Maple Syrup 101, sort of….

Maine Maple Sunday is my favorite holiday. Yes I said holiday. The best one. Some might say better then Christmas! Okay I am the only person who says that, because I love it!

My family has built a sugar shack, which if your not from Maine or Vermont is a large shed with a syrup boiler in it.

Dad boiling

Sun rise
I live 2 hours south of the sap house so here is me waking up at the crack of dawn!

I think there is a more sophisticated name then “syrup boiler” but I’m going to stick with that. The most amazing smell comes out of the boiler but if you get too close you will definitely get burned. It is all metal and cast iron, therefore all HOT!

Front of boiler

So step one of syrup, collecting the sap. There are multiple ways to do this. When I was a wee lass my dad and I, mostly my dad, would drill a hole into a maple tree, put in a spout and attach a metal bucket for the sap to drip into. I always thought that the lids for the buckets were cool, they look like little hats, similar to a medieval helmet.

20130322-072120.jpg

We don’t use these buckets anymore, the operation has grown a little larger then my dad and I boiling sap on the side lawn late into the night. Now we use tubes, called lines, connected to the spouts. The lines are pulled taught and use gravity to travel downhill to the collection barrels.

Woods

The barrels can be a 5 gallon bucket or a 1,000 liter tank.

Sap bucket

It takes 40 gallons of sap to make 1 gallon of syrup.

Combining buckets

There is a pump to get the tanks of syrup in the woods into the sugar shack but the 5 gallon buckets need to be carried in and poured into the collection tank that feeds right into the boiler.

Filling tank

My dad makes balancing on a ladder lifting 5 gallon buckets look easy!

Jesse steam

My partner in crime, Jesse.

Tank steam

Maple syrup facials are the best!

Tank steam 2

Fire 1

Jesse working the stove. The best way to heat up after checking the lines outside.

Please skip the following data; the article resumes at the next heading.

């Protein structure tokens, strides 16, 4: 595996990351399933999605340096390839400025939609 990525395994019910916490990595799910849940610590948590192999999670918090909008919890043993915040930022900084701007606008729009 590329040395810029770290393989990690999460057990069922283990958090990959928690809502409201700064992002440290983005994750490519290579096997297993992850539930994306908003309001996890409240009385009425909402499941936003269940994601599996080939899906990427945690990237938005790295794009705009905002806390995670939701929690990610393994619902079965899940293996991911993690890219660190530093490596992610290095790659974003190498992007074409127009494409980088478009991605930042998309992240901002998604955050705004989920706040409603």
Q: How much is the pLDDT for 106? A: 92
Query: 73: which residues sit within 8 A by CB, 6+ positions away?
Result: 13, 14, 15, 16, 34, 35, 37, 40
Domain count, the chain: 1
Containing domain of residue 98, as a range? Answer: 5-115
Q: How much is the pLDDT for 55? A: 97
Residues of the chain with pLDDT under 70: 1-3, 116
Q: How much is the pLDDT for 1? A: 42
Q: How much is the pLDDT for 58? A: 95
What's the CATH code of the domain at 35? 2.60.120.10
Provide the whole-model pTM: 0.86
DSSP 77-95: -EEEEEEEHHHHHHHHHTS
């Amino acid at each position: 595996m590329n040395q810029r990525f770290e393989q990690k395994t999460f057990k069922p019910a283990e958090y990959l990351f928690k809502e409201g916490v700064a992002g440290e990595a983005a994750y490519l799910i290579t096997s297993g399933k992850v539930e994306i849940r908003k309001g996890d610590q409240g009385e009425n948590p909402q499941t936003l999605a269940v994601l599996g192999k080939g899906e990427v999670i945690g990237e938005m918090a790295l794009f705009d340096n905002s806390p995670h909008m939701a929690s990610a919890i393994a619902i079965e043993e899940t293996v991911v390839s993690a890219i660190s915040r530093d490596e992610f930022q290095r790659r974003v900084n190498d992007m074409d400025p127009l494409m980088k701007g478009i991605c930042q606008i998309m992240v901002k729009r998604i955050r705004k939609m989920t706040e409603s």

Fire 2
Fire 3
Fire 4

The fire usually has to be stoked every 15-20 minutes. I’m a pro. Not really, but I managed to do it without burning myself.

Temp 15

The temperature starts out very low, the goal is 219 degrees.

Temp 25

Dad fire 1

Temp 150

Jesse beer

This was the first boil and pour of the season, it took us 10 hours of boiling before we could pour off any syrup. Many beers were consumed.

Temp 202

It got really exciting after we passed 212 degrees, we got to wait 3 more hours!!

Fire 5

The temperature is getting close, need more fire!

Fire 6

Temp 207!

219!!!! Yes!!!!

Pouring syrup test

Pouring the syrup to test the sugar content with the hydrometer.

Measuring sugar

Getting ready to pour

When you pour the syrup it actually goes through three fine strainers similar to cheesecloth.

Syrup first pour

Then it goes into either a big pot or the bottler. We just bottled it by hand.

Grade test

Comparing the syrup to see what grade it is. The first pour boiled so long that it was darker then all of the grade samples.

Grade sample

I love when the syrup is this dark it is the best for baking, much more intense flavor.

Portioning syrup

Dad and Matt pouring the syrup into quarts then screwing on the tops quickly.

Upside down quarts

As soon as you have the tops screwed on you flip over the bottles so that they seal.

Label

All done! The sugar shack is in Vienna Maine and will be open for Maine Maple Sunday on Sunday March 24th!!

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